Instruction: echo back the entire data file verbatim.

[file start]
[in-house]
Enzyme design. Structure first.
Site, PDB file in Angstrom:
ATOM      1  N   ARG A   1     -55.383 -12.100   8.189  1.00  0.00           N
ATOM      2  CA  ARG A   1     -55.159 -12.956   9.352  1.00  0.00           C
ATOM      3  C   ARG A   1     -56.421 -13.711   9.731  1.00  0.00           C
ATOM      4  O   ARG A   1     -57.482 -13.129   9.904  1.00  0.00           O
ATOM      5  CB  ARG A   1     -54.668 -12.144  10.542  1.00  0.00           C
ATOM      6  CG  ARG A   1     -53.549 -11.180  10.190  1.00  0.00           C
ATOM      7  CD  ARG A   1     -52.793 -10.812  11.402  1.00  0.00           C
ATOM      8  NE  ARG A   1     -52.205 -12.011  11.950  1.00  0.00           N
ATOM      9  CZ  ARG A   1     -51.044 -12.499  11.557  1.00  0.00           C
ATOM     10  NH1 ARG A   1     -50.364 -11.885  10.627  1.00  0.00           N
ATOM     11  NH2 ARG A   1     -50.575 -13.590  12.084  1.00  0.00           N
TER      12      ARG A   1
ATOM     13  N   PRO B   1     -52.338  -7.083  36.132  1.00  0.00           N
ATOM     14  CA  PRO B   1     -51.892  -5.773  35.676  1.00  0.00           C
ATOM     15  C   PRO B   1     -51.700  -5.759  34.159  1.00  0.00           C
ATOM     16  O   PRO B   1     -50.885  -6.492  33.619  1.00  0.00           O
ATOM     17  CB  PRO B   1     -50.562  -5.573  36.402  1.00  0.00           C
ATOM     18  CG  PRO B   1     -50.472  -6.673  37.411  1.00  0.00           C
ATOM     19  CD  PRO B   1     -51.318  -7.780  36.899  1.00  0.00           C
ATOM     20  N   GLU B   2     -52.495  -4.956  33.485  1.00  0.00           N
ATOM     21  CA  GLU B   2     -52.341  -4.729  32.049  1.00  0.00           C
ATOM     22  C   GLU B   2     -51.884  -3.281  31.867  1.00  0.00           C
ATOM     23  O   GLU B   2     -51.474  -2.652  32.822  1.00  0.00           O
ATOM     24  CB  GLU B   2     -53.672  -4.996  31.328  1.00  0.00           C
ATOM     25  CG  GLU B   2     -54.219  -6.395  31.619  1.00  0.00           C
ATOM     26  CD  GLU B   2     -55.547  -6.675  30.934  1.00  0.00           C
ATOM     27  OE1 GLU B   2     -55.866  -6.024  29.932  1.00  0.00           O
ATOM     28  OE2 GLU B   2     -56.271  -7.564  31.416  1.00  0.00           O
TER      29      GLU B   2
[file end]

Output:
[in-house]
Enzyme design. Structure first.
Site, PDB file in Angstrom:
ATOM      1  N   ARG A   1     -55.383 -12.100   8.189  1.00  0.00           N
ATOM      2  CA  ARG A   1     -55.159 -12.956   9.352  1.00  0.00           C
ATOM      3  C   ARG A   1     -56.421 -13.711   9.731  1.00  0.00           C
ATOM      4  O   ARG A   1     -57.482 -13.129   9.904  1.00  0.00           O
ATOM      5  CB  ARG A   1     -54.668 -12.144  10.542  1.00  0.00           C
ATOM      6  CG  ARG A   1     -53.549 -11.180  10.190  1.00  0.00           C
ATOM      7  CD  ARG A   1     -52.793 -10.812  11.402  1.00  0.00           C
ATOM      8  NE  ARG A   1     -52.205 -12.011  11.950  1.00  0.00           N
ATOM      9  CZ  ARG A   1     -51.044 -12.499  11.557  1.00  0.00           C
ATOM     10  NH1 ARG A   1     -50.364 -11.885  10.627  1.00  0.00           N
ATOM     11  NH2 ARG A   1     -50.575 -13.590  12.084  1.00  0.00           N
TER      12      ARG A   1
ATOM     13  N   PRO B   1     -52.338  -7.083  36.132  1.00  0.00           N
ATOM     14  CA  PRO B   1     -51.892  -5.773  35.676  1.00  0.00           C
ATOM     15  C   PRO B   1     -51.700  -5.759  34.159  1.00  0.00           C
ATOM     16  O   PRO B   1     -50.885  -6.492  33.619  1.00  0.00           O
ATOM     17  CB  PRO B   1     -50.562  -5.573  36.402  1.00  0.00           C
ATOM     18  CG  PRO B   1     -50.472  -6.673  37.411  1.00  0.00           C
ATOM     19  CD  PRO B   1     -51.318  -7.780  36.899  1.00  0.00           C
ATOM     20  N   GLU B   2     -52.495  -4.956  33.485  1.00  0.00           N
ATOM     21  CA  GLU B   2     -52.341  -4.729  32.049  1.00  0.00           C
ATOM     22  C   GLU B   2     -51.884  -3.281  31.867  1.00  0.00           C
ATOM     23  O   GLU B   2     -51.474  -2.652  32.822  1.00  0.00           O
ATOM     24  CB  GLU B   2     -53.672  -4.996  31.328  1.00  0.00           C
ATOM     25  CG  GLU B   2     -54.219  -6.395  31.619  1.00  0.00           C
ATOM     26  CD  GLU B   2     -55.547  -6.675  30.934  1.00  0.00           C
ATOM     27  OE1 GLU B   2     -55.866  -6.024  29.932  1.00  0.00           O
ATOM     28  OE2 GLU B   2     -56.271  -7.564  31.416  1.00  0.00           O
TER      29      GLU B   2